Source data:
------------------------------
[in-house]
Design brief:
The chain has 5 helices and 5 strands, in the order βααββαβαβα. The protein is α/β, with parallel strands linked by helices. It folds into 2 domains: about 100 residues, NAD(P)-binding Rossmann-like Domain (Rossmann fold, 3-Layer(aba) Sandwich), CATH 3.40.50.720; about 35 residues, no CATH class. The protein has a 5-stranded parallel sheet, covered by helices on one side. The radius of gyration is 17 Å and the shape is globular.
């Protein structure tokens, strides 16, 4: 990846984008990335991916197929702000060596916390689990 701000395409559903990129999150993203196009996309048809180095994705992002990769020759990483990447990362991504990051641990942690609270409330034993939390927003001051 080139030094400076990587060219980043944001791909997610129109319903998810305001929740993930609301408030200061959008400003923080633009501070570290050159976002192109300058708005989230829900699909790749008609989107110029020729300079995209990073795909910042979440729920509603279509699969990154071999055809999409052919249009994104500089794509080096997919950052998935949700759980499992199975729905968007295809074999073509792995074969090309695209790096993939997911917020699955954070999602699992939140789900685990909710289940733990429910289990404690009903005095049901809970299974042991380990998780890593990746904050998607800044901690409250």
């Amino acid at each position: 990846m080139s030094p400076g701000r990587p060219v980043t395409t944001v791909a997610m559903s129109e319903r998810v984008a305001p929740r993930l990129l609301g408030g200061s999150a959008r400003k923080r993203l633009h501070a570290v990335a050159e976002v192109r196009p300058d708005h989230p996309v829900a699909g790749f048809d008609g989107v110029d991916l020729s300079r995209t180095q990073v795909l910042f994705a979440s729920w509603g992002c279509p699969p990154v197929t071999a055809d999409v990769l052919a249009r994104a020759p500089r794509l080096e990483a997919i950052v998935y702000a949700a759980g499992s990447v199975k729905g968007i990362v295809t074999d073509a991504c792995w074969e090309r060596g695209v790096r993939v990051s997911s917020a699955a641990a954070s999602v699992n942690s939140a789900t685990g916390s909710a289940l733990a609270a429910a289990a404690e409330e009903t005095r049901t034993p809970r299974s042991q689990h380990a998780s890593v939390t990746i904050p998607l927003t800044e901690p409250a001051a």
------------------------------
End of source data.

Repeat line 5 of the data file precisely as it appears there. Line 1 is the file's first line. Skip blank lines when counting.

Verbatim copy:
């Amino acid at each position: 990846m080139s030094p400076g701000r990587p060219v980043t395409t944001v791909a997610m559903s129109e319903r998810v984008a305001p929740r993930l990129l609301g408030g200061s999150a959008r400003k923080r993203l633009h501070a570290v990335a050159e976002v192109r196009p300058d708005h989230p996309v829900a699909g790749f048809d008609g989107v110029d991916l020729s300079r995209t180095q990073v795909l910042f994705a979440s729920w509603g992002c279509p699969p990154v197929t071999a055809d999409v990769l052919a249009r994104a020759p500089r794509l080096e990483a997919i950052v998935y702000a949700a759980g499992s990447v199975k729905g968007i990362v295809t074999d073509a991504c792995w074969e090309r060596g695209v790096r993939v990051s997911s917020a699955a641990a954070s999602v699992n942690s939140a789900t685990g916390s909710a289940l733990a609270a429910a289990a404690e409330e009903t005095r049901t034993p809970r299974s042991q689990h380990a998780s890593v939390t990746i904050p998607l927003t800044e901690p409250a001051a």